Every morning Matt, Izzy and I meet our next-door neighbors and their dog Happy for a walk. Izzy tears around, barks, puppy bows and takes a nip on Happy’s ears to entice him to play with her. No dice. Happy stands mute, unresponsive, looks at the grass. After the first ear nip, Happy runs to Penelope, our neighbor, for help. He jumps on her legs and she says, "Oh Happy, you poor thing." And she stands between Izzy and him, pets his ears, murmurs love ditties. Protects him from the rambunctious red head that is Lucille Ball in a dog’s body.
Penelope tells us that when Happy goes home, he lays on the cashmere blanket and is fed eight small meals a day. (He’s not overweight, just a bit round like a tiny beach ball). When I ask Penelope about her eating habits (she doesn’t really know what I do or write about. Not really. And that’s good because she doesn’t tailor her answers to appear different than she is), she tells me she also eats quite a few times a day. Loves food, and doesn’t deny herself anything, although that is not a problem for her. Her husband Moe, fasts one day a week, eats at 10 am and 2 pm every day and except for a small muffin at 6 am and 6 pm, that’s the extent of his daily food intake. He was once sixty pounds overweight, he says, and this is his way of maintaining structure and being disciplined. Sometimes she calls him a tight ass. Sometimes he calls her Gimli after the stumpy dwarf in Lord of the Rings. And then they laugh. Izzy bites Happy’s ears again, Penelope protects him and on we walk.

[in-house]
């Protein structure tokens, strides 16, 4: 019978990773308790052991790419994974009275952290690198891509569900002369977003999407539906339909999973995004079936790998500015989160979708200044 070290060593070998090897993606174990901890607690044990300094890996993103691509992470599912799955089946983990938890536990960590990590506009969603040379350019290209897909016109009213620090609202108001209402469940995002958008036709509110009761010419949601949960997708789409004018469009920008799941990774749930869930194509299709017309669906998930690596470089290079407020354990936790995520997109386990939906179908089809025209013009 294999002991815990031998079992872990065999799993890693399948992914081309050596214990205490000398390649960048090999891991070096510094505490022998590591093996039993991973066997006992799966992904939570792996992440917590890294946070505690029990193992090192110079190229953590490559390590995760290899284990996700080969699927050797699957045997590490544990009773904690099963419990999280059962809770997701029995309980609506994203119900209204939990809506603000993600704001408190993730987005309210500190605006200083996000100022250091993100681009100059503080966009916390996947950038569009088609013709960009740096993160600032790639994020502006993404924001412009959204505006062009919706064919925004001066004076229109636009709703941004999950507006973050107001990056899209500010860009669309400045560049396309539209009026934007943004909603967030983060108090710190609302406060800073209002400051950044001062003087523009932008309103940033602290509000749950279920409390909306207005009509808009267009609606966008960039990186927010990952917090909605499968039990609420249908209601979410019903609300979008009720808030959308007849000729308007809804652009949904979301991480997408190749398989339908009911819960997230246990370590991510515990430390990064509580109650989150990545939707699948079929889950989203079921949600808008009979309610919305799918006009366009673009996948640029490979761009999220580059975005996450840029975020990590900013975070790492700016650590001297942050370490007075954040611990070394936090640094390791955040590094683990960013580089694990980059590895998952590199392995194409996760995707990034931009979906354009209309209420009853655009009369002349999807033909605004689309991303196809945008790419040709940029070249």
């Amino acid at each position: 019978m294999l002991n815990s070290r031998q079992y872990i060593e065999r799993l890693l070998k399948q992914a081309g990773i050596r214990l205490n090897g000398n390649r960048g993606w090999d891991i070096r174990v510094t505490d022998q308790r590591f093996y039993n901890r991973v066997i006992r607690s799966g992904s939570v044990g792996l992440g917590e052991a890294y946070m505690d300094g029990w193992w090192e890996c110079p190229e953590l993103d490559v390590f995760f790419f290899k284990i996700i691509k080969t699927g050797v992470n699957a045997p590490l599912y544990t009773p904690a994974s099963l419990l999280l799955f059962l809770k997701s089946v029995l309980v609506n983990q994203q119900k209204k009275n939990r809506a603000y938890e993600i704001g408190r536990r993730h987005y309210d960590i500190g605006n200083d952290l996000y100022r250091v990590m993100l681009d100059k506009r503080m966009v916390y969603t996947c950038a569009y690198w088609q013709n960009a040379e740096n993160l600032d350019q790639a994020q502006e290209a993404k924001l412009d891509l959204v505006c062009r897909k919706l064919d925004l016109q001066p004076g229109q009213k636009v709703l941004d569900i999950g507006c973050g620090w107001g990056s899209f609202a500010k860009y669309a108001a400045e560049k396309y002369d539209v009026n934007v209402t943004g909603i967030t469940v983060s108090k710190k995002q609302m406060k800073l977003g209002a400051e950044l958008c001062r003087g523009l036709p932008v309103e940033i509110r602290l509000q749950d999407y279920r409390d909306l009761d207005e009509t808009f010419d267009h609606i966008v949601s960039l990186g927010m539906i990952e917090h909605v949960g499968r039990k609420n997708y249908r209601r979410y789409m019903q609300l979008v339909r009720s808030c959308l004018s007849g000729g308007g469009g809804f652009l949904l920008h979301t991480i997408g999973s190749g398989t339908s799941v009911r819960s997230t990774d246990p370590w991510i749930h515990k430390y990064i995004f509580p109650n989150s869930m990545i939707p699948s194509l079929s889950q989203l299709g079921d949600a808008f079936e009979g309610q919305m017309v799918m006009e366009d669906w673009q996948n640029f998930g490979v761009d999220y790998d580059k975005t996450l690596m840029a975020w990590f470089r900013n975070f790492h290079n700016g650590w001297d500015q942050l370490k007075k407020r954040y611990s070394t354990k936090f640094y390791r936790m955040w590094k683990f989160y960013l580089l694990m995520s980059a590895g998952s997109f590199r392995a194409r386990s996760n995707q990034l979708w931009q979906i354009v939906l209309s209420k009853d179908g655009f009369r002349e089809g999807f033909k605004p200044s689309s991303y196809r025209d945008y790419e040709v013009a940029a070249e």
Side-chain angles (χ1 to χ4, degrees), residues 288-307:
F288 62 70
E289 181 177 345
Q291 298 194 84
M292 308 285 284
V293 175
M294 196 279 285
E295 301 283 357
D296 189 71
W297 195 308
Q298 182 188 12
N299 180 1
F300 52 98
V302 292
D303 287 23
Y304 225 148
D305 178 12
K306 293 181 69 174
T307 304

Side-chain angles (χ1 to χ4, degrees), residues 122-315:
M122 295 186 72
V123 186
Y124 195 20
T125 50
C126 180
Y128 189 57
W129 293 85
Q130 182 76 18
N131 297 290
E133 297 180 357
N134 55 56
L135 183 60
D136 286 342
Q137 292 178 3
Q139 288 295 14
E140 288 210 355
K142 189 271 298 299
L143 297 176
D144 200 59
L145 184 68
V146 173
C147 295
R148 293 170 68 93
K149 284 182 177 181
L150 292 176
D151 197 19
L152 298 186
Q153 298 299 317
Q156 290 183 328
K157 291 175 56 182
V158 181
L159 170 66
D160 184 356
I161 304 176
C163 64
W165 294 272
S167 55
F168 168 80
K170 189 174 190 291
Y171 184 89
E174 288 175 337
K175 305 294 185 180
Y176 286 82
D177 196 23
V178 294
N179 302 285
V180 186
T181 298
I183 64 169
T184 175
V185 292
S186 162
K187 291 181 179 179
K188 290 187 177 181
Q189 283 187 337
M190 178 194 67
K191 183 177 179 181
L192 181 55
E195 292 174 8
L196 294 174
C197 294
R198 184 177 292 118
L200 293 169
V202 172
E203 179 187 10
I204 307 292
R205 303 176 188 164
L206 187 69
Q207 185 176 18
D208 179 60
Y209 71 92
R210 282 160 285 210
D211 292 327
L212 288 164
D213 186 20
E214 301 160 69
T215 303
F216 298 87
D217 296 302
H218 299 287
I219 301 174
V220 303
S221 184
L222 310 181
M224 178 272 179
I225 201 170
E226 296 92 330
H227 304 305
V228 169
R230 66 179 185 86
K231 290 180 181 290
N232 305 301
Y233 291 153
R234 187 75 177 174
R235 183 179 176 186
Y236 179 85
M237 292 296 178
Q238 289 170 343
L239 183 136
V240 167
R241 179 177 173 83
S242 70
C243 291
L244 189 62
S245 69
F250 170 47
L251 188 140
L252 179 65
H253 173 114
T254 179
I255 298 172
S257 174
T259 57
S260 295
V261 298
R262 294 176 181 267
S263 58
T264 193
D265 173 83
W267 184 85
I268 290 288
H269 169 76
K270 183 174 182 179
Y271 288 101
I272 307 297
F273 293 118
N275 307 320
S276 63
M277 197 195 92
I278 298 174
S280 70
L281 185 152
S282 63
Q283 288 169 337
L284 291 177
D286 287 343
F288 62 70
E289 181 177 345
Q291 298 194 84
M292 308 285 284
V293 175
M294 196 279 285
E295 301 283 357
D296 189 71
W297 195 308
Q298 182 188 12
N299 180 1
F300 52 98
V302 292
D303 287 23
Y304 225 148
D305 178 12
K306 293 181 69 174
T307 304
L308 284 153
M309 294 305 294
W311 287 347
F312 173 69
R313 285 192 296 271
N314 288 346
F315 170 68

How we eat is how we live. How Penelope eats is similar to how she protects Happy: lots of cushion. Lots of what she defines as love. Moe isn’t fazed by Izzy’s attempts to engage Happy. He thinks she is cute. He keeps walking.
He’s a restrictor. She is a permitter, something we talk about at our Women Food and God retreats. The laser version is that restrictors have a hard time saying yes to themselves while permitters have a hard time saying no. Restrictors are most challenged by Eating Guideline number three (eat what your body wants) and permitters are challenged by Guideline number five: stop when your body has had enough.
For permitters, more is not enough and for restrictors, less is more. There’s no reason to try to change either of those patterns. It’s hopeless. They developed from a combination of family environment, genetics, culture. And rather than try to change what cannot be changed, rather than pushing against a personality pattern, I have found that the best, the kindest, the most effective action is to look deeper. Look inside. Look beneath the pattern itself. Go back. Go further back. Keep going.